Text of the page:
Columbia transportation project provides mobility to Nicaraguans in need

Friday, January 20, 2012 | 3:47 p.m. CST; updated 8:04 p.m. CST, Friday, January 20, 2012
Volunteer Bette Rudel watches the completely filled truck pull away from the warehouse Friday. Volunteers coming from several Methodist churches in Columbia loaded the cargo in just under two hours. The contents, including PETs and other necessities, will be sent to Nicaragua.

COLUMBIA — The Personal Energy Transportation Project on Friday afternoon loaded up more than $33,000 worth of hand-crank wheelchairs, clothing and sports equipment in a large container en route to Nicaragua.

Founded in the Rev. Mel West's garage in 1995, the volunteer-based organization's mission is to provide "mobility and dignity to those in Third World countries who have lost the use of their legs," according to the organization's website

Items Nicaragua-bound

  • Bed linen
  • Clothing
  • Toys
  • Kitchenware
  • Fabric
  • Shoes
  • School supplies
  • Sports equipment
  • Hand-crank wheelchairs called PETs
  • Walking canes
  • Traditional wheelchairs
  • Crutches
  • Folding walkers
  • Sewing machines
  • Bicycles
  • Handsaws
  • Mosquito nets
  • Shovels
  • Encyclopedias
  • Light bulbs

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West said donations of this kind can change attitudes.

"People who are leg handicapped are sometimes suicidal and depressed, understandably," West said. "But just the pride in being able to support one's family can turn someone around spiritually."

Since its modest beginnings, the organization's volunteers have manufactured and donated more than 30,000 hand-cranked or lever-powered wheelchairs to more than 80 countries after a missionary friend of West, Larry Hill in the Republic of Congo, explained to him the need.

"As we parted (Hill) said, 'I hate to ask but there is one more thing we need. We need a three-wheel, hand-crank wheelchair that will go on these rough trails and roads and has hauling capacity,'" West said. "So, I came home and called my designer friend, Earl Miner, and gave him that need, and in due time he designed the PET."

The PET is a wooden, hand-crank wheelchair built by organization's volunteers.

Rick Ellsworth, one of the 70 volunteers on this project, explained how much a PET could change the lives of the families who receive one.

"Realize that in Third World countries, right now there are millions of people that are literally crawling on the ground. These are polio victims, landmine victims and those with birth defects," Ellsworth said. "They can't support themselves and their dignity of life is very low. So, getting people up off the ground gives them a dignity of life."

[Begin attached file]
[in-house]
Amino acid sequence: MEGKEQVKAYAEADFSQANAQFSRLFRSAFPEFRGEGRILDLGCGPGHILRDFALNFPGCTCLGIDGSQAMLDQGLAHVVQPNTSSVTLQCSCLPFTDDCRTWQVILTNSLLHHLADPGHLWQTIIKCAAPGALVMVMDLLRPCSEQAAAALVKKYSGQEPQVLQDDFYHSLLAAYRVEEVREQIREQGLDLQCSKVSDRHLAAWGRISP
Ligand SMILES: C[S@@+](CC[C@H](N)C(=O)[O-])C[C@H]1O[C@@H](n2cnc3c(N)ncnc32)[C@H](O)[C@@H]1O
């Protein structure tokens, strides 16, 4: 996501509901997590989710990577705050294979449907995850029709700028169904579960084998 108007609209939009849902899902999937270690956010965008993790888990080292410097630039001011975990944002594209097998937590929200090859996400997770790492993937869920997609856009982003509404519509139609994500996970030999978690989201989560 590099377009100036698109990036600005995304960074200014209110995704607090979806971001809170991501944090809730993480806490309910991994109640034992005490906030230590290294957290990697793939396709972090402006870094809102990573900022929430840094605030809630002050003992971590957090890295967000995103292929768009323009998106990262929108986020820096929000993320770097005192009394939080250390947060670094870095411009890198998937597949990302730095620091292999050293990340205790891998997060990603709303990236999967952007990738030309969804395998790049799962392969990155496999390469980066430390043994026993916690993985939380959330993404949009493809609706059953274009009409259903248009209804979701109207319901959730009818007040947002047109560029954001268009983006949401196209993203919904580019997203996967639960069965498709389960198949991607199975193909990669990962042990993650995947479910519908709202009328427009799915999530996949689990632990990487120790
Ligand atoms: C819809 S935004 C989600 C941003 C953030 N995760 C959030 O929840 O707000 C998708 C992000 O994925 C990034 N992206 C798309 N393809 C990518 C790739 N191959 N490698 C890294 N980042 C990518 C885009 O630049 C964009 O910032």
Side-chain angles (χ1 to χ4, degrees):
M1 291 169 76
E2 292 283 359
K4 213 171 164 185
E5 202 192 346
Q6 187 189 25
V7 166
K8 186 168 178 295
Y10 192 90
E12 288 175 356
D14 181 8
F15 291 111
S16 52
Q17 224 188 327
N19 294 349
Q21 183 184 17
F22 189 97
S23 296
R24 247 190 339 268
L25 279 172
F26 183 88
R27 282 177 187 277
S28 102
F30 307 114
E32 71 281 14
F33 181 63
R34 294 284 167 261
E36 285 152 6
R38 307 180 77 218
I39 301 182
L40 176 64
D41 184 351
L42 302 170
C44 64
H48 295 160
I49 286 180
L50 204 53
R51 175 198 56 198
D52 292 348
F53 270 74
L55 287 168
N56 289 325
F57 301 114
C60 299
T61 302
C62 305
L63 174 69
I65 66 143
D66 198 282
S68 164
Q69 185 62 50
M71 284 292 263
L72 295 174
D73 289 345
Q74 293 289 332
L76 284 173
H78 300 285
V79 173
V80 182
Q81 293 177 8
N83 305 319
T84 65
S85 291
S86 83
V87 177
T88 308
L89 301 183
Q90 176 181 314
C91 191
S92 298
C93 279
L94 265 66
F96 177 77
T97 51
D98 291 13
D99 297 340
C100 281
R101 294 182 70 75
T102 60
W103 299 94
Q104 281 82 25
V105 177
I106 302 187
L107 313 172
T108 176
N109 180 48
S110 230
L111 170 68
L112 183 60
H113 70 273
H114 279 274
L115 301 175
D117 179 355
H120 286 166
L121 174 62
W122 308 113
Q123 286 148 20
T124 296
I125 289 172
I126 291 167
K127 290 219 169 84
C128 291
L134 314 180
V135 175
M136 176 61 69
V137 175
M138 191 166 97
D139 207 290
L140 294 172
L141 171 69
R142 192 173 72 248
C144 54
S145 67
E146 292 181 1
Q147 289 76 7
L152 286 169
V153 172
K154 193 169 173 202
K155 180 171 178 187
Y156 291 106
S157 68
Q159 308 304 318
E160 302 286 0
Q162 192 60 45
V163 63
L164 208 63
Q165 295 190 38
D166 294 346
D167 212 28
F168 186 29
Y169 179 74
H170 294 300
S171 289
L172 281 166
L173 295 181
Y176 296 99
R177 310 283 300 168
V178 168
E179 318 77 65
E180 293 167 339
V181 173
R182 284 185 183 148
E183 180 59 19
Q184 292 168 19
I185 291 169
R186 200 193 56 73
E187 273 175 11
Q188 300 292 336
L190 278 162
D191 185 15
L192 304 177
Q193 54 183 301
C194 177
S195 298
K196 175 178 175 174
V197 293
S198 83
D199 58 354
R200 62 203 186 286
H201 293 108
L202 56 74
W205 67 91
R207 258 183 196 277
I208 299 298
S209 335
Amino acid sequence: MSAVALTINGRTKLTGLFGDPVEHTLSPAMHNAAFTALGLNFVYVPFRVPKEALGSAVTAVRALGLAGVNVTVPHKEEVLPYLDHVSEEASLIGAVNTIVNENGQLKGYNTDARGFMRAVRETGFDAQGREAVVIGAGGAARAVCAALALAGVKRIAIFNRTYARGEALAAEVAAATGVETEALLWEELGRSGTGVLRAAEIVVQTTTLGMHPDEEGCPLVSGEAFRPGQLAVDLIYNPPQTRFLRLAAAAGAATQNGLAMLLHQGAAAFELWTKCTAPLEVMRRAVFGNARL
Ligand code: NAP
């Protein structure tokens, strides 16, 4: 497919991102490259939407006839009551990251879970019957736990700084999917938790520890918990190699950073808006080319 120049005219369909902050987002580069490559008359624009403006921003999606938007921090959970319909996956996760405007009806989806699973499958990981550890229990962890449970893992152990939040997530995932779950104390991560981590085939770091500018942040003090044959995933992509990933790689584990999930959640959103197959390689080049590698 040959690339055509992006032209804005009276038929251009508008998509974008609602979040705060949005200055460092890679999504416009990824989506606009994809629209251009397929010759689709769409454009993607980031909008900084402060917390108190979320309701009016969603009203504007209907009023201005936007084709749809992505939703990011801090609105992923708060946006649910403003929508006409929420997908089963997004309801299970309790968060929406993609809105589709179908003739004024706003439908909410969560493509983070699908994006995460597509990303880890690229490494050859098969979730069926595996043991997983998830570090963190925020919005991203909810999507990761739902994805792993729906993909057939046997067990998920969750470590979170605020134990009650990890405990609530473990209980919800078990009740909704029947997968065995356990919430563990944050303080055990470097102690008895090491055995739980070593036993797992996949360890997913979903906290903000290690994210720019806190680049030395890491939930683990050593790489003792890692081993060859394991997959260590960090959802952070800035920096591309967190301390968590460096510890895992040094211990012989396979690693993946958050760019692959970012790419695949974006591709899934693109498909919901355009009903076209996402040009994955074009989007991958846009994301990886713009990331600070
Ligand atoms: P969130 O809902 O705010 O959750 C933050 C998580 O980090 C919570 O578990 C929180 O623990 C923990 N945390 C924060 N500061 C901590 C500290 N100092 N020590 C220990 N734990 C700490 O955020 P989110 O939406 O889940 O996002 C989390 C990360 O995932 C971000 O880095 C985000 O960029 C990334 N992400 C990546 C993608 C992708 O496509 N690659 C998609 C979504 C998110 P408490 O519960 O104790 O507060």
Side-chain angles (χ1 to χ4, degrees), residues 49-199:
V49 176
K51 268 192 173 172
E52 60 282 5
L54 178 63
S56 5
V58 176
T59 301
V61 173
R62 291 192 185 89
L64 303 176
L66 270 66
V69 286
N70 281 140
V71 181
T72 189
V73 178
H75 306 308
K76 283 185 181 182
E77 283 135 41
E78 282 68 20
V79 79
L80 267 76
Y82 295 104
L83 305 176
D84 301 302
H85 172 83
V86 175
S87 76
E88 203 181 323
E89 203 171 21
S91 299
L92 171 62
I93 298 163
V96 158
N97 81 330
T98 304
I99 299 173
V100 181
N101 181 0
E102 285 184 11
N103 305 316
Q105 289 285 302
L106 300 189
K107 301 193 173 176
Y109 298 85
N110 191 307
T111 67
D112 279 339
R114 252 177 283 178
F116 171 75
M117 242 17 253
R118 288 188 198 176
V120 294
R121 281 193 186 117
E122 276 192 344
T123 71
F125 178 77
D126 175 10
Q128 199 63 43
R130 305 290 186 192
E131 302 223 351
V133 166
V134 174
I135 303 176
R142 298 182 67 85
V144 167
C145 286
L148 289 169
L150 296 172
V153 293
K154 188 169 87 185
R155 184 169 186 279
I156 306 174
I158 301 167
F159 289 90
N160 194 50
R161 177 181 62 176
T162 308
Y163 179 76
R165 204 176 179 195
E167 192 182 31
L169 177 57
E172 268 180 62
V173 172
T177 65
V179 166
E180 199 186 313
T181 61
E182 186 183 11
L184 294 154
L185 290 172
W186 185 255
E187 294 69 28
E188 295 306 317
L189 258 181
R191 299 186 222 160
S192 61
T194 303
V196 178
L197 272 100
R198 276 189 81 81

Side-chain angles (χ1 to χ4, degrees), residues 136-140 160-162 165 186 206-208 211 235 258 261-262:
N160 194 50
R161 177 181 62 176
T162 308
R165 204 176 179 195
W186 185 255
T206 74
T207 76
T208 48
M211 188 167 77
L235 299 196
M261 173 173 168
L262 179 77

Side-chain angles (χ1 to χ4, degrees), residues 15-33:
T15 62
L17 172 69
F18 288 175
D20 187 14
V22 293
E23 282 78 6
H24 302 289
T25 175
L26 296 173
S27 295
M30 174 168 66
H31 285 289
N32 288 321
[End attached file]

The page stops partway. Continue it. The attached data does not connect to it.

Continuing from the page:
Four United Methodist churches in Columbia — Community United, Missouri United, New Horizons United and Fairview United — gathered and packaged the donations for the container sent Friday, which includes 24 PETs as well as traditional wheelchairs, walkers, crutches, clothes, school supplies, sports equipment and mosquito nets. Donations came from across the country for this particular project.

Ellsworth is also the director of mission ministries at Community United Methodist. He said the organization has people in Nicaragua who assess the needs of the community and then ask for goods to target these needs.

Ellsworth said the church has been actively involved with Nicaraguan missions for 25 years.

"We really have a personal relationship with the people, so once you meet the people and the families and the children it just draws you into their lives," he said. "It was a natural move for me to get involved here."

In 2011, the Columbia organization built 1,738 PETs. Since the beginning of 2012, the international organization has shipped two containers, one to Zambia and another to Thailand, according to their Facebook page.

The Columbia group will try to ship two to three large containers of supplies a year. It has been preparing this shipment for almost four months.

"In some ways what we're supplying is a sense of hope," Ellsworth said. "Go to an area of poverty and people can sense that you really care about them, and that brings them up in their world."

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